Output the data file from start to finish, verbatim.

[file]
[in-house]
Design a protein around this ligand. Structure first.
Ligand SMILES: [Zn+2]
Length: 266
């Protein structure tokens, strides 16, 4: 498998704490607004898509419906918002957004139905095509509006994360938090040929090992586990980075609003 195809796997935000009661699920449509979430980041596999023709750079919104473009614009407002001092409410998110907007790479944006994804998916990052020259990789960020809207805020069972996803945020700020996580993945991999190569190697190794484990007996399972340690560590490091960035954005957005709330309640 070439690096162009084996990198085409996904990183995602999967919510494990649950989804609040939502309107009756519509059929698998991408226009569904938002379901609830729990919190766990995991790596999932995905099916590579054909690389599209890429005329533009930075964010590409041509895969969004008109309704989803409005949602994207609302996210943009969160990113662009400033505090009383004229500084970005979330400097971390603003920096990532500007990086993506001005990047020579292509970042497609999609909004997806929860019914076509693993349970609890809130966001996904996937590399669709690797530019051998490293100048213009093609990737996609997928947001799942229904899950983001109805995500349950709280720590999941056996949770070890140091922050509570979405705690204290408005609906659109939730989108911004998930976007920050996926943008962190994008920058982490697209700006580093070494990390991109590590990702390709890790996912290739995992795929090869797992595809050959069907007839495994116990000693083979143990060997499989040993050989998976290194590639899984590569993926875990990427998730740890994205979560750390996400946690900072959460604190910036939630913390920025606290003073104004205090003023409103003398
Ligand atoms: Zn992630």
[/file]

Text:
[in-house]
Design a protein around this ligand. Structure first.
Ligand SMILES: [Zn+2]
Length: 266
């Protein structure tokens, strides 16, 4: 498998704490607004898509419906918002957004139905095509509006994360938090040929090992586990980075609003 195809796997935000009661699920449509979430980041596999023709750079919104473009614009407002001092409410998110907007790479944006994804998916990052020259990789960020809207805020069972996803945020700020996580993945991999190569190697190794484990007996399972340690560590490091960035954005957005709330309640 070439690096162009084996990198085409996904990183995602999967919510494990649950989804609040939502309107009756519509059929698998991408226009569904938002379901609830729990919190766990995991790596999932995905099916590579054909690389599209890429005329533009930075964010590409041509895969969004008109309704989803409005949602994207609302996210943009969160990113662009400033505090009383004229500084970005979330400097971390603003920096990532500007990086993506001005990047020579292509970042497609999609909004997806929860019914076509693993349970609890809130966001996904996937590399669709690797530019051998490293100048213009093609990737996609997928947001799942229904899950983001109805995500349950709280720590999941056996949770070890140091922050509570979405705690204290408005609906659109939730989108911004998930976007920050996926943008962190994008920058982490697209700006580093070494990390991109590590990702390709890790996912290739995992795929090869797992595809050959069907007839495994116990000693083979143990060997499989040993050989998976290194590639899984590569993926875990990427998730740890994205979560750390996400946690900072959460604190910036939630913390920025606290003073104004205090003023409103003398
Ligand atoms: Zn992630």